I hope you have updated your copy of WordPress by now.
If not, please log into your WordPress site and check that your current version is 3.5.1.
It has been out for a week or two now and although it is classified a ‘minor’ update, the list of inclusions is quite interesting, covering security and functionality.
It reminds me of the days when I used to use a proprietary content management system run by a small firm in Adelaide.
The firm’s coding team was so busy on day to day tasks, working with client installations, that they rarely had time to devote to security audits and feature development.
As users, we were trapped in their world (often, use of proprietary systems means you must use the owner’s hosting setup) paying a premium or licence fee for using their system, and suffering an often-outdated experience.
Contrast this against the worldwide community of geeks working on the WordPress project, all pushing hard to make a mark on the community.
In fact, becoming one of those coders is similar to becoming a samurai, insofar as dedication and discipline are concerned.
Here are a few insights and then some details on the update.
How to become a top WordPress coder
Every day, the WordPress program we know and love, is pushed, pulled, pricked and progressed, as a worldwide team of coders contribute their latest experiments and additions to what is known as the Nightly Build.
These updated versions are then tested and attacked by other coders and users until, finally, a number of new features or enhancements are officially released to us.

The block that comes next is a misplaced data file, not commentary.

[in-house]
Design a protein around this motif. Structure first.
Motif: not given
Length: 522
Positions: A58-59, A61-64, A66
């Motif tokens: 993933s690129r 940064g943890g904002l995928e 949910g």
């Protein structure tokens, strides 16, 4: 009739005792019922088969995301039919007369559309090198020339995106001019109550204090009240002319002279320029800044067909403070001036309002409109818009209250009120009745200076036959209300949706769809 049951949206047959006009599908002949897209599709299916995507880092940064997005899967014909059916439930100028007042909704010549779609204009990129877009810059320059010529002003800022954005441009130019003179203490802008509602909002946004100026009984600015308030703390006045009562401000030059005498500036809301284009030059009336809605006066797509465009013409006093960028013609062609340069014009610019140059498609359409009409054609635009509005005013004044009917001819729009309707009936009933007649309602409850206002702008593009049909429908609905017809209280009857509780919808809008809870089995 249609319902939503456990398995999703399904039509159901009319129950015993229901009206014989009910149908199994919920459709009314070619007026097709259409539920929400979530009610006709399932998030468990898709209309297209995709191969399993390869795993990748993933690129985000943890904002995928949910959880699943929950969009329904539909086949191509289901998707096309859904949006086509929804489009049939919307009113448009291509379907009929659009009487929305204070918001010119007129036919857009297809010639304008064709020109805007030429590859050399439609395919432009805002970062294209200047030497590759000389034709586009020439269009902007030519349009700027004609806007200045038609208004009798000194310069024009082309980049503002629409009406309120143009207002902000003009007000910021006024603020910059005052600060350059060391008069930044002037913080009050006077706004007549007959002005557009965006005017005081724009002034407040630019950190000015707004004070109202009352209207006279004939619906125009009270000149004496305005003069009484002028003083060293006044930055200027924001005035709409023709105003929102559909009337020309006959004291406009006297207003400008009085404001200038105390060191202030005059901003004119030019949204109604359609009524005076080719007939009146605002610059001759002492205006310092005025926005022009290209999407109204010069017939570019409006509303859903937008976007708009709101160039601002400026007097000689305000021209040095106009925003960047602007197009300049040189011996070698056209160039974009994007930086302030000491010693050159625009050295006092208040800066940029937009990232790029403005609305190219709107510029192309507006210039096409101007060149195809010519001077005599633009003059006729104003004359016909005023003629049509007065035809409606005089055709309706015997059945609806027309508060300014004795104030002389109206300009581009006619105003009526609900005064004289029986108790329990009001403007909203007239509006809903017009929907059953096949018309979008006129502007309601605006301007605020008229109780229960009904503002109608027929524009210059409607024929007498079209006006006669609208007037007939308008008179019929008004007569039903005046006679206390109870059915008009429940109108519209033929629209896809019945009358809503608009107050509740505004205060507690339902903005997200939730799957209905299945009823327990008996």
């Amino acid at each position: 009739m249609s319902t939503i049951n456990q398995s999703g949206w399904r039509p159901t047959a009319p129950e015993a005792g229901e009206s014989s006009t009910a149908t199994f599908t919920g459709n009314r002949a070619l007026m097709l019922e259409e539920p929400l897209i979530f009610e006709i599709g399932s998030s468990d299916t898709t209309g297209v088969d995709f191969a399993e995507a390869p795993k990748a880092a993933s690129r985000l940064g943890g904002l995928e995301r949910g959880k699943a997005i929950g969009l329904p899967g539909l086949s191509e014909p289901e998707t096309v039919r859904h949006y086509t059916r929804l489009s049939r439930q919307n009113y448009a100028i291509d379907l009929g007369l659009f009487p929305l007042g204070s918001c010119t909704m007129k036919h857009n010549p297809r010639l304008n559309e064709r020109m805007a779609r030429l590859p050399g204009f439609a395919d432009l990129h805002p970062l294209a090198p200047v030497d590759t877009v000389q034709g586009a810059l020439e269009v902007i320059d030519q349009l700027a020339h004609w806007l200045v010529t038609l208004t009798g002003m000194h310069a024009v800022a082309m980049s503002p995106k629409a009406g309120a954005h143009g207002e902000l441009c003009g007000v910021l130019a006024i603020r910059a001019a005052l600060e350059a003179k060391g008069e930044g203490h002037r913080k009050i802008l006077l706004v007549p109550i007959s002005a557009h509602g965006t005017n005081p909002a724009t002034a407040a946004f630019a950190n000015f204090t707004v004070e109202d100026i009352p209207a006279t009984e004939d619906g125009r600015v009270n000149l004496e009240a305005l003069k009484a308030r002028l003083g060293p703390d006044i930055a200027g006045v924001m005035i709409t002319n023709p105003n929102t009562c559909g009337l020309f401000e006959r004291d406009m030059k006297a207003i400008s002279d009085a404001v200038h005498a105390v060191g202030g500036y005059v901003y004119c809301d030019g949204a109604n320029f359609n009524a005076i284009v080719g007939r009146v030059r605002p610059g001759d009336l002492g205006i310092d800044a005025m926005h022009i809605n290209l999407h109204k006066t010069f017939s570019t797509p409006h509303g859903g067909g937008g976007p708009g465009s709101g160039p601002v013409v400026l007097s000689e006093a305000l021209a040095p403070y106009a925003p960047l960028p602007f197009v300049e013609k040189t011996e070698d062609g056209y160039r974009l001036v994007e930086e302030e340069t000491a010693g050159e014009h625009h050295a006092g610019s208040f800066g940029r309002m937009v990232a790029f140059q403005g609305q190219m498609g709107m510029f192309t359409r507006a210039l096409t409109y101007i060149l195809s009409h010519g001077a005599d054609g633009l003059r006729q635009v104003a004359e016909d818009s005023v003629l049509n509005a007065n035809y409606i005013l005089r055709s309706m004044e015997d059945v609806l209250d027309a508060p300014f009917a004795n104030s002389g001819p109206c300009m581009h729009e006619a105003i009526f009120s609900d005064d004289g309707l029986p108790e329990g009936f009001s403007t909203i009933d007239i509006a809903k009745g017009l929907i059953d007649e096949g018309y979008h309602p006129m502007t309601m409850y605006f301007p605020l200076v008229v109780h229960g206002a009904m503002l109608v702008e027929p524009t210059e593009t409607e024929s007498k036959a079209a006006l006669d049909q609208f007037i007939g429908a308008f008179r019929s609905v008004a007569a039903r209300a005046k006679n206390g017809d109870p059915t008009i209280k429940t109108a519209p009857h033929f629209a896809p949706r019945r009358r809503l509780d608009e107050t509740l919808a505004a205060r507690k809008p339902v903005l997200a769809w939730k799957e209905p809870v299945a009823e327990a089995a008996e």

What makes these coders tick?
Well, according to an article by Jonathon Wold in Smashing Magazine entitled, How to become a top WordPress developer, he says to wannabes:
If you’re going to make it to the top, then you need to spend at least one hour each workday focused on reading and learning more about WordPress — outside of any development work. There are no shortcuts, and no other ways around it. Learning and mastering WordPress is going to take time. If you watch TV, cut it out — more than 90% of it isn’t good for you anyway. If you’re a gamer, sell your games or throw them away. Reaching the top takes commitment and sacrifice and the best place to start is with the things in life that aren’t doing you any good anyway.
By the way, that is pretty sound advice for excelling at anything, your business, social media marketing, coffee making, etc.
What made it into 3.5.1
If you have ever wondered why you need to update WordPress regularly, here is what went into version 3.5.1, recently released.
Overall, there were 37 bugs fixed, including:
- Editor: Prevent certain HTML elements from being unexpectedly removed or modified in rare cases.
- Media: Fix a collection of minor workflow and compatibility issues in the new media manager.
- Networks: Suggest proper rewrite rules when creating a new network.
- Prevent scheduled posts from being stripped of certain HTML, such as video embeds, when they are published.
There were also some security issues, including::
- Server-side request forgery (SSRF) and remote port scanning via pingbacks. Fixed by the WordPress security team.
- Cross-site scripting (XSS) via shortcodes and post content. Discovered by Jon Cave of the WordPress security team.
- Cross-site scripting (XSS) in the external library Plupload. Plupload 1.5.5 was released to address this issue.
You don’t need to understand all of these items, or any of them. My hope is that this small taste helps answer the question ‘why’, and gives you a sense of satisfaction every time you see an update waiting to be applied. They are the most valuable few minutes you can invest in your business every few weeks.
If you are really curious, you can see the full log of the changes made for 3.5.1 at http://core.trac.wordpress.org/log/branches/3.5?rev=23341&stop_rev=23167.